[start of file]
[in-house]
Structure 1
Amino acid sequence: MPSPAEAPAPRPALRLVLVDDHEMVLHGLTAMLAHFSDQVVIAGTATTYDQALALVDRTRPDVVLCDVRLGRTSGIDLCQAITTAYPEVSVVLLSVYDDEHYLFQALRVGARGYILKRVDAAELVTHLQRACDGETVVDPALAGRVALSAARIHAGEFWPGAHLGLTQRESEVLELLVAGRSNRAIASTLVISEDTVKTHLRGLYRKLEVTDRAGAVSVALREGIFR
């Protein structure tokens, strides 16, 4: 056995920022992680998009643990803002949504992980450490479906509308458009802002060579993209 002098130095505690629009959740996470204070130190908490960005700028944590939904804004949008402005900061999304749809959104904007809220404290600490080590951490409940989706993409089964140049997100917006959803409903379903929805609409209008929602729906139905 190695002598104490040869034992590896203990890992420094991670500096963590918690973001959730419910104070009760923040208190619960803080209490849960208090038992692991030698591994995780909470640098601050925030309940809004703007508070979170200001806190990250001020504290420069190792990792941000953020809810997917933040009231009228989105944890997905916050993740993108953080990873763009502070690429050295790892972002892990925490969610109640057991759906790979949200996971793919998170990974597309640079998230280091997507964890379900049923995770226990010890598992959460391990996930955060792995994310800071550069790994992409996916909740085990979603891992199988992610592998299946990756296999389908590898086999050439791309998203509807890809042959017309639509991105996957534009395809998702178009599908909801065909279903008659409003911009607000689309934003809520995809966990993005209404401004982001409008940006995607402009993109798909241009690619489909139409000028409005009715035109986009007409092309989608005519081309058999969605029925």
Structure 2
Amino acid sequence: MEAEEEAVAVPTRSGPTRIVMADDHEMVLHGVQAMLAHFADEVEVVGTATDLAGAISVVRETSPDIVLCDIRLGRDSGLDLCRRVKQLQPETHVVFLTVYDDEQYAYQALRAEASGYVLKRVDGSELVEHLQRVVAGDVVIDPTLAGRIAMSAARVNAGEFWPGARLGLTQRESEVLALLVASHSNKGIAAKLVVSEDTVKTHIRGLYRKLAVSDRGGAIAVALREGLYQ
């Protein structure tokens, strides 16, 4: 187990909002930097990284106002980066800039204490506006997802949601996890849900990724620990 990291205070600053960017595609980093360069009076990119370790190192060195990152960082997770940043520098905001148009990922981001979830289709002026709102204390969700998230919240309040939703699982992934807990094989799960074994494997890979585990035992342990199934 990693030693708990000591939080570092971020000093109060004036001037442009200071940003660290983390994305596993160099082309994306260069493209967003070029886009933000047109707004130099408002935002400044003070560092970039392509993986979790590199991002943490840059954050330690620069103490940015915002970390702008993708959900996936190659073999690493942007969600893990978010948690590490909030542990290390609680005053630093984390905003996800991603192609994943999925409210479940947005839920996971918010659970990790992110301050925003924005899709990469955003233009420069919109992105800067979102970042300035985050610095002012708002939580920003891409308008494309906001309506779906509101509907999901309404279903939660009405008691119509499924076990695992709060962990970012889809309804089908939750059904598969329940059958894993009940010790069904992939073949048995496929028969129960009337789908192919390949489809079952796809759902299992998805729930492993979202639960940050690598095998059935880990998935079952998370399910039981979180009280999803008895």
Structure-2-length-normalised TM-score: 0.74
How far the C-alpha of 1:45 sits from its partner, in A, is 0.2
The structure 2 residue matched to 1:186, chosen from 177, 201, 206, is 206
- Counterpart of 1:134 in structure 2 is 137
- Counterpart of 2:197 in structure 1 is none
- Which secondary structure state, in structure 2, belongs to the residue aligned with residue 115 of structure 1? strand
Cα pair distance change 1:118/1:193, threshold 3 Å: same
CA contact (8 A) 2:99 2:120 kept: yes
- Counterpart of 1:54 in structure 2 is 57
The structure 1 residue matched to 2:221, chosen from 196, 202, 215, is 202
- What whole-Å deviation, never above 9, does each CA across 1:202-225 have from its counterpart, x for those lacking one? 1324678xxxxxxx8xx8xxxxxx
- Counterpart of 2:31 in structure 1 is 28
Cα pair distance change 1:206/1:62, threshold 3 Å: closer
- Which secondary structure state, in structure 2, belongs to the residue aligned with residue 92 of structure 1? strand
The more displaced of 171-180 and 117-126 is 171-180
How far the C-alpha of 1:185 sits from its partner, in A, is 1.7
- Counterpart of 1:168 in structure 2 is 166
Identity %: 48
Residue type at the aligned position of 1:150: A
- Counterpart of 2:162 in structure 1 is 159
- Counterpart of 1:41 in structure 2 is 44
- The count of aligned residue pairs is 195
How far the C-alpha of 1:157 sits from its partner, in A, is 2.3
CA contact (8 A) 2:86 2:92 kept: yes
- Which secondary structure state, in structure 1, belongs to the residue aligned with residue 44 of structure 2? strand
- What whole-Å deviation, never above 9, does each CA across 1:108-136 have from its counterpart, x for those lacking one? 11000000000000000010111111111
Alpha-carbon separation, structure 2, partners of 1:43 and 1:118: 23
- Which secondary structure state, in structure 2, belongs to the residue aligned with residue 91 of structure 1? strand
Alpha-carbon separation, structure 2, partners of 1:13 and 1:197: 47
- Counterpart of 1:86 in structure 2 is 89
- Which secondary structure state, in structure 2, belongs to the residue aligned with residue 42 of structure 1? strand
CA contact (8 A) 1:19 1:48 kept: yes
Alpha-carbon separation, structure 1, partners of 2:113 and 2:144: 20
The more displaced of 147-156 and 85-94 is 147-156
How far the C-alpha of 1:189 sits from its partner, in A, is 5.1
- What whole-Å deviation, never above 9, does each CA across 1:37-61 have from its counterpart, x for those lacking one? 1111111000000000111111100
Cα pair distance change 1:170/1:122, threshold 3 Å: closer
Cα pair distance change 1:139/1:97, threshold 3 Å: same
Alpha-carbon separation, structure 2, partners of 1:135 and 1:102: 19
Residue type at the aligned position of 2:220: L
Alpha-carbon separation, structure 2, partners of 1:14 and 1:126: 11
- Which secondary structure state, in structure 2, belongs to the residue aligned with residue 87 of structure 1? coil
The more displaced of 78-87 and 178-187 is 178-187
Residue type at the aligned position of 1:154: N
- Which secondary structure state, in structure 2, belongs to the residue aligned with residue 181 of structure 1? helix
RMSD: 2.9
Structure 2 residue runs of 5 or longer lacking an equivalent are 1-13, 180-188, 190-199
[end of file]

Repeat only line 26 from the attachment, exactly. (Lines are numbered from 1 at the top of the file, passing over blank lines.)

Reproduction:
Residue type at the aligned position of 1:150: A